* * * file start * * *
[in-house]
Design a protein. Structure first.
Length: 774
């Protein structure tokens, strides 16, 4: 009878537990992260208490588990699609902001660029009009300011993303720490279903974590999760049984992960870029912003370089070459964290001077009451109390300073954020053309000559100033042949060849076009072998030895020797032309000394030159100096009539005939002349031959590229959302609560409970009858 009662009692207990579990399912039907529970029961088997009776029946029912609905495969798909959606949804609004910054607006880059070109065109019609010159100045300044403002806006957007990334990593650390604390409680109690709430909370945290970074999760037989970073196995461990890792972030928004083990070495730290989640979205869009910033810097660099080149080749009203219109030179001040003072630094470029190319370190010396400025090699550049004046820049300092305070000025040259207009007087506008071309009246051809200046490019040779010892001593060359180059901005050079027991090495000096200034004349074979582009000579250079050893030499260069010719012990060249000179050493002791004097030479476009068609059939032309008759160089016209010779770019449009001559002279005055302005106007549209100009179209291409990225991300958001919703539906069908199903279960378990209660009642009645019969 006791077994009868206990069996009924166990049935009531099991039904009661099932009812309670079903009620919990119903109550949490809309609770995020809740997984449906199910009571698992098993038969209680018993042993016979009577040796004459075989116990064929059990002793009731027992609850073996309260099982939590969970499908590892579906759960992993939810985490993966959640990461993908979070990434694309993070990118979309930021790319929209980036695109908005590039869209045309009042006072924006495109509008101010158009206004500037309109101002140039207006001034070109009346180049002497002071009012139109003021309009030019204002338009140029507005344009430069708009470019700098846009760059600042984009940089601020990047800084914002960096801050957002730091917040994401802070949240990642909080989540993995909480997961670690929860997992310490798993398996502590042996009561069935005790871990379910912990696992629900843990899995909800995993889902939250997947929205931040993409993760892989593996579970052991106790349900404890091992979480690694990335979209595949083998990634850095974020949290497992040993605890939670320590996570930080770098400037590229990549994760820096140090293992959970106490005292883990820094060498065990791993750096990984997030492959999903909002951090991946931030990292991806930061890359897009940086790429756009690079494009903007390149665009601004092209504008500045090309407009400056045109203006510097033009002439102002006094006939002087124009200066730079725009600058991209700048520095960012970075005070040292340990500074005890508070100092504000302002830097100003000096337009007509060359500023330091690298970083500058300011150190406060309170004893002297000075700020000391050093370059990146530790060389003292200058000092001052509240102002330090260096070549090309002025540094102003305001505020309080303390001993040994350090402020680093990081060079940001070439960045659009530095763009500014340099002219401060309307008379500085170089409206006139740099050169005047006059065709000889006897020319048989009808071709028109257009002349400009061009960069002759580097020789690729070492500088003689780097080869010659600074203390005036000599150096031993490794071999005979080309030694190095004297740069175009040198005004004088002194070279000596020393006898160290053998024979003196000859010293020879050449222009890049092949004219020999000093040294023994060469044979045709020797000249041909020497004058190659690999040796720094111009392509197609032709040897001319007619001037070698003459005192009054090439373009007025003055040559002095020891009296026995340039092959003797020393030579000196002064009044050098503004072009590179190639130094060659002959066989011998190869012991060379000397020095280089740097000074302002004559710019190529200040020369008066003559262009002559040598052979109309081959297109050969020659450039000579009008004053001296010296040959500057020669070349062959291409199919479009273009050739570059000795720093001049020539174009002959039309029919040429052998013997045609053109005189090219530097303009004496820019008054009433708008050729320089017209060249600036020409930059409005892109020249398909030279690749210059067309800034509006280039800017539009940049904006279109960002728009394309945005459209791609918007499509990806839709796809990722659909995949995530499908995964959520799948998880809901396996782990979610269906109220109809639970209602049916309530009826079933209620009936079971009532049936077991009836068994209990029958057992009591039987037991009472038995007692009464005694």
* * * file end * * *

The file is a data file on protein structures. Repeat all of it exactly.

[in-house]
Design a protein. Structure first.
Length: 774
């Protein structure tokens, strides 16, 4: 009878537990992260208490588990699609902001660029009009300011993303720490279903974590999760049984992960870029912003370089070459964290001077009451109390300073954020053309000559100033042949060849076009072998030895020797032309000394030159100096009539005939002349031959590229959302609560409970009858 009662009692207990579990399912039907529970029961088997009776029946029912609905495969798909959606949804609004910054607006880059070109065109019609010159100045300044403002806006957007990334990593650390604390409680109690709430909370945290970074999760037989970073196995461990890792972030928004083990070495730290989640979205869009910033810097660099080149080749009203219109030179001040003072630094470029190319370190010396400025090699550049004046820049300092305070000025040259207009007087506008071309009246051809200046490019040779010892001593060359180059901005050079027991090495000096200034004349074979582009000579250079050893030499260069010719012990060249000179050493002791004097030479476009068609059939032309008759160089016209010779770019449009001559002279005055302005106007549209100009179209291409990225991300958001919703539906069908199903279960378990209660009642009645019969 006791077994009868206990069996009924166990049935009531099991039904009661099932009812309670079903009620919990119903109550949490809309609770995020809740997984449906199910009571698992098993038969209680018993042993016979009577040796004459075989116990064929059990002793009731027992609850073996309260099982939590969970499908590892579906759960992993939810985490993966959640990461993908979070990434694309993070990118979309930021790319929209980036695109908005590039869209045309009042006072924006495109509008101010158009206004500037309109101002140039207006001034070109009346180049002497002071009012139109003021309009030019204002338009140029507005344009430069708009470019700098846009760059600042984009940089601020990047800084914002960096801050957002730091917040994401802070949240990642909080989540993995909480997961670690929860997992310490798993398996502590042996009561069935005790871990379910912990696992629900843990899995909800995993889902939250997947929205931040993409993760892989593996579970052991106790349900404890091992979480690694990335979209595949083998990634850095974020949290497992040993605890939670320590996570930080770098400037590229990549994760820096140090293992959970106490005292883990820094060498065990791993750096990984997030492959999903909002951090991946931030990292991806930061890359897009940086790429756009690079494009903007390149665009601004092209504008500045090309407009400056045109203006510097033009002439102002006094006939002087124009200066730079725009600058991209700048520095960012970075005070040292340990500074005890508070100092504000302002830097100003000096337009007509060359500023330091690298970083500058300011150190406060309170004893002297000075700020000391050093370059990146530790060389003292200058000092001052509240102002330090260096070549090309002025540094102003305001505020309080303390001993040994350090402020680093990081060079940001070439960045659009530095763009500014340099002219401060309307008379500085170089409206006139740099050169005047006059065709000889006897020319048989009808071709028109257009002349400009061009960069002759580097020789690729070492500088003689780097080869010659600074203390005036000599150096031993490794071999005979080309030694190095004297740069175009040198005004004088002194070279000596020393006898160290053998024979003196000859010293020879050449222009890049092949004219020999000093040294023994060469044979045709020797000249041909020497004058190659690999040796720094111009392509197609032709040897001319007619001037070698003459005192009054090439373009007025003055040559002095020891009296026995340039092959003797020393030579000196002064009044050098503004072009590179190639130094060659002959066989011998190869012991060379000397020095280089740097000074302002004559710019190529200040020369008066003559262009002559040598052979109309081959297109050969020659450039000579009008004053001296010296040959500057020669070349062959291409199919479009273009050739570059000795720093001049020539174009002959039309029919040429052998013997045609053109005189090219530097303009004496820019008054009433708008050729320089017209060249600036020409930059409005892109020249398909030279690749210059067309800034509006280039800017539009940049904006279109960002728009394309945005459209791609918007499509990806839709796809990722659909995949995530499908995964959520799948998880809901396996782990979610269906109220109809639970209602049916309530009826079933209620009936079971009532049936077991009836068994209990029958057992009591039987037991009472038995007692009464005694």